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Trachycarpus Taylor form is no longer in stock.

I looked up that fertilizer. I think it would be great for palms like mules and queens. It includes micronutrients of calcium magnesium and sulfur. But for the trachycarpus it looks too stretched. A nitrate form of fertilizer would be better, there is too much stretching even in shade.

Edited by Collectorpalms
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30 Year Zone Average 20F. Ryan: Contact 979.204.4161 Collectorpalms@gmail.com

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2 hours ago, Collectorpalms said:

Do they have a water report of their well water?

Are these Trachycarpus from today?

No test but he may get one in the Spring. Yes, these pics are from today! Their leaves look a lot better than my Trachy but that is likely because he has some evergreens shielding the garden from most sides reducing wind chill.

2 hours ago, Chester B said:

Its so strange how different locations affect the plants habits.  Well draining soil on a Trachy here isn't ideal at all, I have a few in it and they look terrible in comparison and grow much slower.  Wet sloppy clay, the stinkier the better and they grow like rockets and have a nice deep green color.

Agreed, we talked about this very thing and apparently the mucky situation did not work for Trachy's here (tried and failed). Note that the Trachy in the last pic is in sand and does well... :rolleyes:

16 hours ago, Collectorpalms said:

I think with current availability, maybe a Trachycarpus Fortunei x Trachycarpus Nanus hybrid might be hardiest assuming trunking??? palm. 

Possibly! I was able to get a very small strapling of T. F. v Tesan which apparently is bred in China for stouter, thick trunk and compact looks in cold areas. They don't get as big (though has the biggest seeds in the genus). Finally started pushing some small leaves last year.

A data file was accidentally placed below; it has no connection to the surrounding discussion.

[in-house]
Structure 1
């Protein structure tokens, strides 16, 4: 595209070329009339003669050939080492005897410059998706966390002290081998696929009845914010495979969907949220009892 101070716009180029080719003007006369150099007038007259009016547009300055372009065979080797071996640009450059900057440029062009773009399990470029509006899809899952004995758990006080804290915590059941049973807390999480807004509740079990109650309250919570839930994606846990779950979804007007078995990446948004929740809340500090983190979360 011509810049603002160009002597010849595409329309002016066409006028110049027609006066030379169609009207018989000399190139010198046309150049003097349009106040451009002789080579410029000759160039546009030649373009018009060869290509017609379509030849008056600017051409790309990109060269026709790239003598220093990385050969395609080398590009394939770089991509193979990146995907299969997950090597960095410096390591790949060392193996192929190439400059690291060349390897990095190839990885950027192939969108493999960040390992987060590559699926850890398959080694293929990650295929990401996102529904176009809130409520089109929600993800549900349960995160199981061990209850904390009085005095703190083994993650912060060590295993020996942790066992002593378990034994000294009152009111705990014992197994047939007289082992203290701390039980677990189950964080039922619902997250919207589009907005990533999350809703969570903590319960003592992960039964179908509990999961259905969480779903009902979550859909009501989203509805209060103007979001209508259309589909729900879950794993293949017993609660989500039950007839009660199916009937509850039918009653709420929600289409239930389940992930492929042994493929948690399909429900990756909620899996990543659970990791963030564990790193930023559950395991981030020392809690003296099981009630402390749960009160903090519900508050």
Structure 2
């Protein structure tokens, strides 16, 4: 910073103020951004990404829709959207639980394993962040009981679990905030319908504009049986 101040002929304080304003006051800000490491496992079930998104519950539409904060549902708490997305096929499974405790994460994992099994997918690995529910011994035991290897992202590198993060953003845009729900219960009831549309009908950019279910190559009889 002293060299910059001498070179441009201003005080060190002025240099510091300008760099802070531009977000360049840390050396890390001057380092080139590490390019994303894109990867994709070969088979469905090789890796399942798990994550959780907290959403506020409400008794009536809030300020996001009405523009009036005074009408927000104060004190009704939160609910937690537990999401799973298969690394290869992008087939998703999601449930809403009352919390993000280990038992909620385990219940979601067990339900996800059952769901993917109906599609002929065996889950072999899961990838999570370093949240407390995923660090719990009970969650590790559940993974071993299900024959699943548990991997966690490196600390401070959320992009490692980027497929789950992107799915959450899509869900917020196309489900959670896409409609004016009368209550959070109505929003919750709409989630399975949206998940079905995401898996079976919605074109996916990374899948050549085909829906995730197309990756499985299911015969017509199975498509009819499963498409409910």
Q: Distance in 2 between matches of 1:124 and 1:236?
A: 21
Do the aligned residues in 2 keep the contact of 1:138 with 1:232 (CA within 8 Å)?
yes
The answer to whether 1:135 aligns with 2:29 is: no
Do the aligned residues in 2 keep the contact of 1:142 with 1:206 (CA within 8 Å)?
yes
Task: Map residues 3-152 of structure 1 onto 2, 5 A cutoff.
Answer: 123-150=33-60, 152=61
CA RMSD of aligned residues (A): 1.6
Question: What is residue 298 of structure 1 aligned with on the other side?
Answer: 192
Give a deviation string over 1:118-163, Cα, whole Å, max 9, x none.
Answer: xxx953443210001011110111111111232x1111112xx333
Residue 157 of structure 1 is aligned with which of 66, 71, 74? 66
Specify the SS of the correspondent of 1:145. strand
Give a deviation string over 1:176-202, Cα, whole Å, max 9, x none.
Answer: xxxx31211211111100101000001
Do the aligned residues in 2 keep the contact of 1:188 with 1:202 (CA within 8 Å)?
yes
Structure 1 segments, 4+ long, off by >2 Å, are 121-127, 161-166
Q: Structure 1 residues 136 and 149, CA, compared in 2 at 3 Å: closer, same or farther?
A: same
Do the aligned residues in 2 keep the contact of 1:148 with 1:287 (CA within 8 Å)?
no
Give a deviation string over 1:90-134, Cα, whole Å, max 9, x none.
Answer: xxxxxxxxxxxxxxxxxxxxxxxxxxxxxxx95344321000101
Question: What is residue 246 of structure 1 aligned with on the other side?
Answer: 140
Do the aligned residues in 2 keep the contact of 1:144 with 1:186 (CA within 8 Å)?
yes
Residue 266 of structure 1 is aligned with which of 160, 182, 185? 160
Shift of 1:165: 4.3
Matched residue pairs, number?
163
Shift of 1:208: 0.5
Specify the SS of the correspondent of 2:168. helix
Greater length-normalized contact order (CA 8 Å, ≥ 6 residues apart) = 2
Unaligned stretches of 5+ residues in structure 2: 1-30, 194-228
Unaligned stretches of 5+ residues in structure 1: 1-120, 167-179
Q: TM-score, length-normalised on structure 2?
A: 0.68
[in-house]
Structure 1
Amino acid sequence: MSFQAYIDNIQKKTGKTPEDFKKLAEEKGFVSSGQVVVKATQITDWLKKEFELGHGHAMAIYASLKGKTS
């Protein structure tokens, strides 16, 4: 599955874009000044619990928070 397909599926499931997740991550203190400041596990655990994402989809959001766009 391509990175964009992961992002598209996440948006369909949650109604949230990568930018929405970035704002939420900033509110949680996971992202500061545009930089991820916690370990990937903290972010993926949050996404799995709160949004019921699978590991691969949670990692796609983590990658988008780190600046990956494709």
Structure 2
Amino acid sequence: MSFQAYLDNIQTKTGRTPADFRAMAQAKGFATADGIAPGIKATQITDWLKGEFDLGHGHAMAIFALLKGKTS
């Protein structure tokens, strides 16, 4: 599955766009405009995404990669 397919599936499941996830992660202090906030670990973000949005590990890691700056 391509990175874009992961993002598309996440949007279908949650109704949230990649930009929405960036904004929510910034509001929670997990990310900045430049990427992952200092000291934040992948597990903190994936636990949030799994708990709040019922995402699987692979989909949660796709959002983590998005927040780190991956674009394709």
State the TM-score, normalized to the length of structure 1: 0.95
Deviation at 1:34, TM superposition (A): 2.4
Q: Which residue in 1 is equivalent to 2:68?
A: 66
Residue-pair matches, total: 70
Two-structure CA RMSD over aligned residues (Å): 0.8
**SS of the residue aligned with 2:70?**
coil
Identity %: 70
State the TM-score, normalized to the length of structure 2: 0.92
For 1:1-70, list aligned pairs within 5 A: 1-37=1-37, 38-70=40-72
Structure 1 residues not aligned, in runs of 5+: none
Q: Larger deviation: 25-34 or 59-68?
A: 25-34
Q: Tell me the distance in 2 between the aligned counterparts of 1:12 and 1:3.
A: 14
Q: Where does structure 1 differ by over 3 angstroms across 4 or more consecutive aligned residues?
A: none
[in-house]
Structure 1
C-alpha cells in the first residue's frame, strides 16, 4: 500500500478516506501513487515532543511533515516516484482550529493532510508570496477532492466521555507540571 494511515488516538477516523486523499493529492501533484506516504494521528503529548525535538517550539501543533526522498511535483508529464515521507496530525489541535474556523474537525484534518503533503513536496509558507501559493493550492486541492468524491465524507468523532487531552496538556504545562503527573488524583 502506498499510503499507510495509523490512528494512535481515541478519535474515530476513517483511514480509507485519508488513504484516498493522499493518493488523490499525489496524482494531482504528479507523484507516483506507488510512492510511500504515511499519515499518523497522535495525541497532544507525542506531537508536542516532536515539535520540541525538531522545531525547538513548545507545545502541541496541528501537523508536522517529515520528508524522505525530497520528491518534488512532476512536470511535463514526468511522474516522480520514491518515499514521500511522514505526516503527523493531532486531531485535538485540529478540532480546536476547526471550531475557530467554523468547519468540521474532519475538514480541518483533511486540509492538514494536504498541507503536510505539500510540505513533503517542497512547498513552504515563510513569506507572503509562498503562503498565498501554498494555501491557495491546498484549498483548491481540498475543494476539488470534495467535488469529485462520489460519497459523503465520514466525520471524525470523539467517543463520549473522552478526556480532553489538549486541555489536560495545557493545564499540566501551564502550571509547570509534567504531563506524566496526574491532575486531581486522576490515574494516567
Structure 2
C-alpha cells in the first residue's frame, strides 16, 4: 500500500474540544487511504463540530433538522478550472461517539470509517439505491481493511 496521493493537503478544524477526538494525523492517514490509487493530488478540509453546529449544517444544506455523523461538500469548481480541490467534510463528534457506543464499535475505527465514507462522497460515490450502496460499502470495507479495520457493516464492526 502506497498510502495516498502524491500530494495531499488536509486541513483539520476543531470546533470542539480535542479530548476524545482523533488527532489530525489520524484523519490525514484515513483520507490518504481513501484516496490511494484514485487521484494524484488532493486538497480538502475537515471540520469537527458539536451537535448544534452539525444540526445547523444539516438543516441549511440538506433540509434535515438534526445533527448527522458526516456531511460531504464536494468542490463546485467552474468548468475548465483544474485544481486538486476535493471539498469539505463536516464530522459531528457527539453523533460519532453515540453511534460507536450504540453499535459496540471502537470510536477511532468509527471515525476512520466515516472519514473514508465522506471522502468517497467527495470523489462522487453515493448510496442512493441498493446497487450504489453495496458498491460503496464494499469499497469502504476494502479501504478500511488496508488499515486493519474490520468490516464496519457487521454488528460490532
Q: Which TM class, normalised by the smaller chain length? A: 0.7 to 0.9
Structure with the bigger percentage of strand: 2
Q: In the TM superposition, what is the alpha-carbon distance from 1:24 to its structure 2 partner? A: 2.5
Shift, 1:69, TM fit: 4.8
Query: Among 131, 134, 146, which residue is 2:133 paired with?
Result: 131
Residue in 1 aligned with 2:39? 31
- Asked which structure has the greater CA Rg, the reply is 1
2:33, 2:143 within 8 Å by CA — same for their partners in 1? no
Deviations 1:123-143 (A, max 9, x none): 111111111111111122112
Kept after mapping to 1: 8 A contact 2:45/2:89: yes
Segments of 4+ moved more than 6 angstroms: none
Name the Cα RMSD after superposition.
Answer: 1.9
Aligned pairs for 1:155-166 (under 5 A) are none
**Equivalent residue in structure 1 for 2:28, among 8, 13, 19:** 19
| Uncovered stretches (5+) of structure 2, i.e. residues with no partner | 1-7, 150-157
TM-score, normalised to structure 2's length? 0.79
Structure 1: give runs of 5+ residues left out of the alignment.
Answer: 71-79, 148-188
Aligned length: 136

Edited by Swolte
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This is not a Taylor form and not sure if this adds to this thread but this Trachy sits in full sun in a area that stays REALLY wet in clay.  When I planted it I thought it wouldn't do well because the hole wouldn't drain.  Our soil test showed PH 7.3.  It grows really well.  

Planted Spring 2017 as 3 gallon.  

Trunk height to base of spear

3/2018  8"

6/2019  18"

8/2019  24"

4/2020  31"

6/2020  36"

8/2020  41"

12/2020  48"

IMG_1917.JPG

 

2017 sorry i can't find a full pic of it.

IMG_2276.JPG

Edited by Allen
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Youtube (TN Tropics) 60+ In-ground 7A palms - (Sabal) minor(7 large + 27 seedling size),  brazoria(1) , birmingham(4), louisiana(5), palmetto (1)  (Trachycarpus) fortunei(7), wagnerianus(1),  Rhapidophyllum hystrix(7),  15' Mule-Butia x Syagrus(1),  Blue Butia capitata(1) +Tons of tropical plants.  Recent Yearly Lows 12F, 11F, 18F, 16F, 3F, 3F, 6F, 3F, 1F, 16F, 17F, 6F, 8F

 

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On 2/26/2021 at 11:29 PM, Swolte said:

Yes, spears on young trachy do tend to pull easily. How long ago did you get these? They look very happy!!

I got three in tiny pots , and much smaller in size than their own  seedlings are now , about 14 years ago .